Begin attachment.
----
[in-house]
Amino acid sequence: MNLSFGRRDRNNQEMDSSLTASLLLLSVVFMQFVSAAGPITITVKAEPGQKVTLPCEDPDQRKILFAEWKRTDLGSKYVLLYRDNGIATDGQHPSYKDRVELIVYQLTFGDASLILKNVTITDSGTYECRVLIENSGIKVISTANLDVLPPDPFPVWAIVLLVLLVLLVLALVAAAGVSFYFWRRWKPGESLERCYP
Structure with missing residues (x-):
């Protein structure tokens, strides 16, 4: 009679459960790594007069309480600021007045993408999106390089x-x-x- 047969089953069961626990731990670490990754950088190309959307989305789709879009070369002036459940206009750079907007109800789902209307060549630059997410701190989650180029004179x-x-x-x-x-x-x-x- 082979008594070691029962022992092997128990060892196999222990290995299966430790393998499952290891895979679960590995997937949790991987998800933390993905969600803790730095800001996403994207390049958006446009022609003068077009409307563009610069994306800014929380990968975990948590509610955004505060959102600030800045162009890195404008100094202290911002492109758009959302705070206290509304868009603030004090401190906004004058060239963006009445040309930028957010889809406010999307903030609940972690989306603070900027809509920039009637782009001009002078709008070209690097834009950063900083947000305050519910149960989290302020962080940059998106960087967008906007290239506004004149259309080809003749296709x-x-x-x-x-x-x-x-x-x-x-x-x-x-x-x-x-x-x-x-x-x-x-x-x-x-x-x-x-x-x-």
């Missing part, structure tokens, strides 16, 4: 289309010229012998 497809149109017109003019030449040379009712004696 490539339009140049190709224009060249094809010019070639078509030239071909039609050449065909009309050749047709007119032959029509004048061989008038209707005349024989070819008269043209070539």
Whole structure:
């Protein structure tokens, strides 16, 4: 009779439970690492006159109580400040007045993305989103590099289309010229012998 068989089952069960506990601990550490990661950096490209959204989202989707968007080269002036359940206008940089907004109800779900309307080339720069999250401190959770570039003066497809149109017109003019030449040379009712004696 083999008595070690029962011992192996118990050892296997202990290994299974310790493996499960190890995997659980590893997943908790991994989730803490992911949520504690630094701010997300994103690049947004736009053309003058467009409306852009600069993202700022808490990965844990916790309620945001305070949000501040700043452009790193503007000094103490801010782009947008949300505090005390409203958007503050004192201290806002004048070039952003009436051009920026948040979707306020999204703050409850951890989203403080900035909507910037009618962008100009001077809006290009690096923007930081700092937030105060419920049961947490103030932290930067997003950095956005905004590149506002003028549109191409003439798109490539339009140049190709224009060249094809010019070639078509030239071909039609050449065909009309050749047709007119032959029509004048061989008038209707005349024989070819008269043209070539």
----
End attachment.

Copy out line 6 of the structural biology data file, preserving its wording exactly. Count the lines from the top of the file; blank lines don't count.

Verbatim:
Whole structure: